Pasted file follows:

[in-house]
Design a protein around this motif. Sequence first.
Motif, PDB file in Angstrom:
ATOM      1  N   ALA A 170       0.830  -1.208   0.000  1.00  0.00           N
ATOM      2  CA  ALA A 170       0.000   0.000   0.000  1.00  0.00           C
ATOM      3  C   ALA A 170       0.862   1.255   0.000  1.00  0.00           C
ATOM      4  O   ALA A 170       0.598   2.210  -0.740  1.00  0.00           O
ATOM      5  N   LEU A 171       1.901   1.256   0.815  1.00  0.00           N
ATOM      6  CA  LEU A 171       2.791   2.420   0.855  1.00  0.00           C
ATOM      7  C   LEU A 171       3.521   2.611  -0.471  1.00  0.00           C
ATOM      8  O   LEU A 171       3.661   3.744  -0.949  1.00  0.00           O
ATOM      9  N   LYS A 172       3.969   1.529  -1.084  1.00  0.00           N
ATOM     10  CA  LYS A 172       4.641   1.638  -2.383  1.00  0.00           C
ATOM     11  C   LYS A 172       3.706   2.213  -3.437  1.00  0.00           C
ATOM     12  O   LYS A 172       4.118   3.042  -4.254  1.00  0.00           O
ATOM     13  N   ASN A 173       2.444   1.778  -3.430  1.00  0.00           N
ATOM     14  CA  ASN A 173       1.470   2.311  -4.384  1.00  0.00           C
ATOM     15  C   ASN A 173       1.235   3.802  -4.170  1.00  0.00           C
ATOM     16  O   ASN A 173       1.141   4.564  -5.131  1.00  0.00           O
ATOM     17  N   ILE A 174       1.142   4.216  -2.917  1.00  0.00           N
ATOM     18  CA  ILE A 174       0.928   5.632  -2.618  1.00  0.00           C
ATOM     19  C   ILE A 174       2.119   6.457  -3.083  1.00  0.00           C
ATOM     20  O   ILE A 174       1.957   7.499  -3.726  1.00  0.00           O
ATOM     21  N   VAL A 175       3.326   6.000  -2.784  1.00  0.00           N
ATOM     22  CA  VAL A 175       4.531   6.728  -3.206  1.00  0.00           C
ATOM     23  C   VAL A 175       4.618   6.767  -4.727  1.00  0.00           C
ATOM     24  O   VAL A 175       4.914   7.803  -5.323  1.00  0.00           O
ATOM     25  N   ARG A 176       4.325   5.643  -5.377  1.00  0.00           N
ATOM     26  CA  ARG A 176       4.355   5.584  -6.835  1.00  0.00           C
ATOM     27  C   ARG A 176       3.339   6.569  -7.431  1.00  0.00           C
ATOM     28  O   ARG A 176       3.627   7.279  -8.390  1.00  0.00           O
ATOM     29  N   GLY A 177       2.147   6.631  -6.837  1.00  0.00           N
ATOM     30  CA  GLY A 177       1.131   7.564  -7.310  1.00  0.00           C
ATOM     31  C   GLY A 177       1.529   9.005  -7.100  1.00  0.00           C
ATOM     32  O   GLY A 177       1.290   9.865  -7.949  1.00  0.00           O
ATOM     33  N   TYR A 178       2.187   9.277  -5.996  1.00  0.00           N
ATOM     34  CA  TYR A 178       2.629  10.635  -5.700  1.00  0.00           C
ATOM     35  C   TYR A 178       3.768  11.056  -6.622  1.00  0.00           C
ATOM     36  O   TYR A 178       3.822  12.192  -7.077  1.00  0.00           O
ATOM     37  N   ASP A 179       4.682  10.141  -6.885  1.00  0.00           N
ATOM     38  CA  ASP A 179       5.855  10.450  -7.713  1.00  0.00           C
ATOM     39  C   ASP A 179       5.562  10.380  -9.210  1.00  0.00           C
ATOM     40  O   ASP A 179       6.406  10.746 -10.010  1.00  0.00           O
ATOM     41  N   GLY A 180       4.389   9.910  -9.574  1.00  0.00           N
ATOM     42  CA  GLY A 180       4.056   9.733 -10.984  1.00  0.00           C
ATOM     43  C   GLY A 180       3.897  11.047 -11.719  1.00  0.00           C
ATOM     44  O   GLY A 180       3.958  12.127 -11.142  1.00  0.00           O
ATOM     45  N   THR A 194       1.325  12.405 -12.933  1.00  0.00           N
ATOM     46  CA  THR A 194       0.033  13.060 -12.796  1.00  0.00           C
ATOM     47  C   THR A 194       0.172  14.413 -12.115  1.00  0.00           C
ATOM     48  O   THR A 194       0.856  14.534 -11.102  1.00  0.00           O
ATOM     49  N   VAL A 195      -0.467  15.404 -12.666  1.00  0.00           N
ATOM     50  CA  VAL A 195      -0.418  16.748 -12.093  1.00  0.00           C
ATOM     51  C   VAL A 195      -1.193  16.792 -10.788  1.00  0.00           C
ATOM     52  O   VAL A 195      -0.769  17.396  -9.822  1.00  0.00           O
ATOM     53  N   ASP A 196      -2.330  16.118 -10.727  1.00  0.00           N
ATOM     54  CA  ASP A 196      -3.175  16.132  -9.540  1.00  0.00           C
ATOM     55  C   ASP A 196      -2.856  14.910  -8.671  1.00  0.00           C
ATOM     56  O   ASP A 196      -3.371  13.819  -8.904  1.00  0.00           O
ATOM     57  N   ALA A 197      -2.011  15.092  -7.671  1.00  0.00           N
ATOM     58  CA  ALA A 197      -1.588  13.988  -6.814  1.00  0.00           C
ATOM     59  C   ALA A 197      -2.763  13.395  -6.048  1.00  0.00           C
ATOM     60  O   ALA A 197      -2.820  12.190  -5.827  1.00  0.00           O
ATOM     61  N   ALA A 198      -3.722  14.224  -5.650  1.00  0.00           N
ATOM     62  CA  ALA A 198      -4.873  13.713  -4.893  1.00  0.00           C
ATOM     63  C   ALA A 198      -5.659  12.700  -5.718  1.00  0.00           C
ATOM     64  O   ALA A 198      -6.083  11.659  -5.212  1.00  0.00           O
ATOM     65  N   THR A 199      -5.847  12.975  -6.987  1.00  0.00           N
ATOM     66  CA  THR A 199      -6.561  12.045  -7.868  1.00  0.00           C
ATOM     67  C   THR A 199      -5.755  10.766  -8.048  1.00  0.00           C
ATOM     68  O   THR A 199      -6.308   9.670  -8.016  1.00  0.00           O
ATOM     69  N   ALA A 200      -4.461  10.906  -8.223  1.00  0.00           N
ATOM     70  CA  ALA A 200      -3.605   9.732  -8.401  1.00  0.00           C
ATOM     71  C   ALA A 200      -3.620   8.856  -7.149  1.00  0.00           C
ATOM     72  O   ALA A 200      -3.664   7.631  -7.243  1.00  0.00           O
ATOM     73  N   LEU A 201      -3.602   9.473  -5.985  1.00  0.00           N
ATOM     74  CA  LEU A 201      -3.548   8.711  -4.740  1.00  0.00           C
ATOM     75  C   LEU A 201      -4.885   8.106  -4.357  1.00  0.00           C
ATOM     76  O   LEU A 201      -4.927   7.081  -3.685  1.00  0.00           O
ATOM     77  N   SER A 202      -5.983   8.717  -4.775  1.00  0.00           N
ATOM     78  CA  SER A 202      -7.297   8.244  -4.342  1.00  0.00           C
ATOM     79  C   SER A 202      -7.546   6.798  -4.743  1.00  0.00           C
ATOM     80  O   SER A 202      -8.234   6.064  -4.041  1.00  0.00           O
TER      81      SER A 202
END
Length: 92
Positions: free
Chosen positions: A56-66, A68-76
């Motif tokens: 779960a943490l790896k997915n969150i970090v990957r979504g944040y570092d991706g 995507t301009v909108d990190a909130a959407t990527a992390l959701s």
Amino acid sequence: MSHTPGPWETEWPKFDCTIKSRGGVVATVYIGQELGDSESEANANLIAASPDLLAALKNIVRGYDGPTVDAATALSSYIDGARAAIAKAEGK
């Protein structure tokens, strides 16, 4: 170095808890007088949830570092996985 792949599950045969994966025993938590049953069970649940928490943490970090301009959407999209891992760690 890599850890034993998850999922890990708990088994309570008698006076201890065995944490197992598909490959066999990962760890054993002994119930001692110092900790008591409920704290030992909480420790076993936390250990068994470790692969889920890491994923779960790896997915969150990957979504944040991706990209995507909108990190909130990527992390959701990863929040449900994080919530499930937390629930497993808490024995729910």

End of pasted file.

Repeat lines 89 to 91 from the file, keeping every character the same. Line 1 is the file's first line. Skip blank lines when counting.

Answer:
């Motif tokens: 779960a943490l790896k997915n969150i970090v990957r979504g944040y570092d991706g 995507t301009v909108d990190a909130a959407t990527a992390l959701s």
Amino acid sequence: MSHTPGPWETEWPKFDCTIKSRGGVVATVYIGQELGDSESEANANLIAASPDLLAALKNIVRGYDGPTVDAATALSSYIDGARAAIAKAEGK
């Protein structure tokens, strides 16, 4: 170095808890007088949830570092996985 792949599950045969994966025993938590049953069970649940928490943490970090301009959407999209891992760690 890599850890034993998850999922890990708990088994309570008698006076201890065995944490197992598909490959066999990962760890054993002994119930001692110092900790008591409920704290030992909480420790076993936390250990068994470790692969889920890491994923779960790896997915969150990957979504944040991706990209995507909108990190909130990527992390959701990863929040449900994080919530499930937390629930497993808490024995729910």